When some children leave school for the weekend, they head to homes where they likely won’t have much to eat until they go back to school Monday morning.
The two school systems partnered with the Bartow Collaborative last year to start the program. Grant money from the Community Foundation of Northwest Georgia funded 60 backpacks, 30 for each school system.
“There’s such a need out there,” said Paula Womack, who heads up the program in the Cartersville school system. “As the economy got worse, we were seeing people we’d never seen before have economic aid issues.”
This year, 46 children in the Cartersville schools and more than 200 in the Bartow County schools receive the backpacks each week.
Kelly Whitmire with the county school system said the number of children receiving backpacks increases daily.
“They grab their backpacks to see what’s in it. It brings them a lot of joy to see that people care above and beyond school.”
“All the time, I’m hearing from counselors, ‘We’re doing this many bags now,’ ” Whitmire said. “I don’t even know the exact number of bags now. It just really took off.”
Each week, the bags are filled with easy-to-fix foods—such as Easy Mac, Beanie Weenies and ramen noodles—and are sent home with the students for the weekend. On Monday morning, the children return the bags to be refilled.
“They’re excited,” Whitmire said. “They grab their backpacks to see what’s in it. It brings them a lot of joy to see that people care above and beyond school.”
While the grant through the Community Foundation of Northwest Georgia provided the seed money and is funding 60 backpacks again this school year, the school systems rely on donations and contributions from churches, organizations and individuals for the rest of the backpacks.
It's a tough time to look for new donations.
According to a report in the Washington Post, charitable giving decreased 2 percent last year, and individual donations dropped by 2.7 percent between 2007 and 2010. Charities have struggled with the reduced donations even as the bad economy has driven up demand.
The food need has become a bigger problem since Atlanta-based Angel Food Ministries, which provided affordable food to more 45 states, shut down its operations after being plagued by increasing fuel and food prices and growing numbers of customers who couldn’t pay, the Washington Times reported.
But Bartow County organizations and residents are stepping up to feed students.
The Well, a church that meets at Excel Christian Academy, fills 35 backpacks for the city school system and donates food.
Andy Postelle with The Well said his congregation of younger parents really took to the program. “I think it was a natural fit for us to be able to help kids that are like their kids,”
The church’s office on Pine Grove Road has several weeks' worth of food on hand, and church member Cindi Smith spent a couple of hours Thursday afternoon packing the 35 bags the church provides. It was the first time she participated; she decided to help out after hearing about the program during a church service.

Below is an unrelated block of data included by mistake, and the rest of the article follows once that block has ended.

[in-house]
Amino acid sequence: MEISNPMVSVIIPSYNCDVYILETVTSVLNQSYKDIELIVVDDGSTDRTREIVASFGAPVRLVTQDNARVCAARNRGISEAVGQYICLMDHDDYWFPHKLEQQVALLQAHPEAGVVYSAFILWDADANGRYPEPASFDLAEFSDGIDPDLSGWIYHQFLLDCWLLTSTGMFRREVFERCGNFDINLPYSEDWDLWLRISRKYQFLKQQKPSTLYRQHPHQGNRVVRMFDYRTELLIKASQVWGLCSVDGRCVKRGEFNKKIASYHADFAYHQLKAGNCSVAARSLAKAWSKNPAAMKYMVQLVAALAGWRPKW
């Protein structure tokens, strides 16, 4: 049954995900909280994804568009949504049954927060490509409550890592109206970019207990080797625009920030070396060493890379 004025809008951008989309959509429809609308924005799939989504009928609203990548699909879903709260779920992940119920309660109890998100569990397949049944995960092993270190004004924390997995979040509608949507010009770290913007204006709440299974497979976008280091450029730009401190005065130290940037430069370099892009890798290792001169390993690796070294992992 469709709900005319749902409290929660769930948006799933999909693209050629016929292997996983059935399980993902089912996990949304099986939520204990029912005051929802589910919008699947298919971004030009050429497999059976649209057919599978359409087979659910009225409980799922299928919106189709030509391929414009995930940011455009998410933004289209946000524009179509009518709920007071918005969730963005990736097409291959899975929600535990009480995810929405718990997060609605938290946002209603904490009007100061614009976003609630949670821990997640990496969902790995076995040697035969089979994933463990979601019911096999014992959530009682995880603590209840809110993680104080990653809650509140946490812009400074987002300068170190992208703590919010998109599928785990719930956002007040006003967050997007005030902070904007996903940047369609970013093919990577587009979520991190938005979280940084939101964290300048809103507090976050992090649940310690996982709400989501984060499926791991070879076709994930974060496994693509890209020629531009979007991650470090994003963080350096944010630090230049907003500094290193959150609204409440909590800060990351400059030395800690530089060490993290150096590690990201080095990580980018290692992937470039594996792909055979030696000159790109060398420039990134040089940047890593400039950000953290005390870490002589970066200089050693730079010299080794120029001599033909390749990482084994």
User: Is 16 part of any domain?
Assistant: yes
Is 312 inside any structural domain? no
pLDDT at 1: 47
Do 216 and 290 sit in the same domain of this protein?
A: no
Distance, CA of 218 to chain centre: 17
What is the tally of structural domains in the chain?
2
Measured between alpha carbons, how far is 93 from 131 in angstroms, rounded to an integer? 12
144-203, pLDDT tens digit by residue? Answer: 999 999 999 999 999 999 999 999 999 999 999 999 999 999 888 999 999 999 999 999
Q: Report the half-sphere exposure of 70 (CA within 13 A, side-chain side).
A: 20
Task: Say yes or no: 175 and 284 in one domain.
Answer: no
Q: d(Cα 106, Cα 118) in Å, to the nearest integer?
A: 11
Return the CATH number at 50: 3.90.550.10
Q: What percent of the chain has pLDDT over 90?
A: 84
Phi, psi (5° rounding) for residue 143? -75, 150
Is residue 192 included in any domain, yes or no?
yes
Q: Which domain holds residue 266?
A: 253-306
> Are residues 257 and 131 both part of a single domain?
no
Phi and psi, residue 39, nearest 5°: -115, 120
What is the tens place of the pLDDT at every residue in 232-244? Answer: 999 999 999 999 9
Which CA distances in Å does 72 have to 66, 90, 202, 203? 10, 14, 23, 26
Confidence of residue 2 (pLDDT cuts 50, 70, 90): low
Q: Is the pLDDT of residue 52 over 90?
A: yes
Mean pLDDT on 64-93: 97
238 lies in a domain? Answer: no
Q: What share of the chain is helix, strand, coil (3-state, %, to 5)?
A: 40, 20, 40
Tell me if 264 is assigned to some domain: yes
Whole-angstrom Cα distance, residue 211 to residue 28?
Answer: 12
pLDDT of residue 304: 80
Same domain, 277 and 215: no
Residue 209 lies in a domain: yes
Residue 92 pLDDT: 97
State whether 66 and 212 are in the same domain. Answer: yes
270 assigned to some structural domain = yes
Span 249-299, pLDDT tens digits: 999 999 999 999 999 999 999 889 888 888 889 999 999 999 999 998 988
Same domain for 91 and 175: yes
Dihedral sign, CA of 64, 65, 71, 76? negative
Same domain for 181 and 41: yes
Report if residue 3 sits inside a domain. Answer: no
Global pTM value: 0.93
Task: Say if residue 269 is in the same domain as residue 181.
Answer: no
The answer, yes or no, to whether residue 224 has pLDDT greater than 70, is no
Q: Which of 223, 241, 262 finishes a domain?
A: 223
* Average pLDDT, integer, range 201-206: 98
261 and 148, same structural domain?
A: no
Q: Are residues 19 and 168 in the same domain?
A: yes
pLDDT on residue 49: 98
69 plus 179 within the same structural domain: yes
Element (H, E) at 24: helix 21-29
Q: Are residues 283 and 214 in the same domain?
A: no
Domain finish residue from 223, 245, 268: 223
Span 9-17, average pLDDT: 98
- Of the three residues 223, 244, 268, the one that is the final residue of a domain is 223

“You sit there and you think about someone’s kids not having food from the time they leave school on Friday until they go back on Monday,” Smith said. “It resonates with you. I know it did me.”
Other churches assisting the school system include Sam Jones United Methodist Church, which raised approximately three months' worth of food for the program during a recent food drive.
Womack said the Cartersville Elementary School PTC also donated $2,000, which either will be used for additional backpacks this year or will be saved to go toward next year’s program.
“Each time we have a child and I say, ‘Oh, my goodness, we’ll have to put this child on the waiting list,’ someone comes through with a donation,” Womack said.
In the county school system, 30 churches, as well as staff and parents, donate and contribute to the program, which is in place at every elementary school as well as South Central and Adairsville middle schools and Adairsville High School.
“It started as a pretty controlled thing, and as we handed it to the schools, each school has made it into their own” community program, an official said.
As the need grows, organizers say they are always looking for more help. Each bag in the Backpack Buddies program costs $5 to $7, depending on the week’s grocery sales.
“Some of these ladies are extreme couponers, and they’re knocking it out,” Whitmire said. “They get so excited.”
To contribute to the Cartersville program, call Womack at 770-387-4722 or email email@example.com. To donate to the Bartow County program, contact the elementary school in your area.
This article is part of "Dispatches: The Changing American Dream," our ongoing series about how people in Cartersville are adapting to the challenges of life in the 21st century. You can find more Dispatches from across the country at The Huffington Post.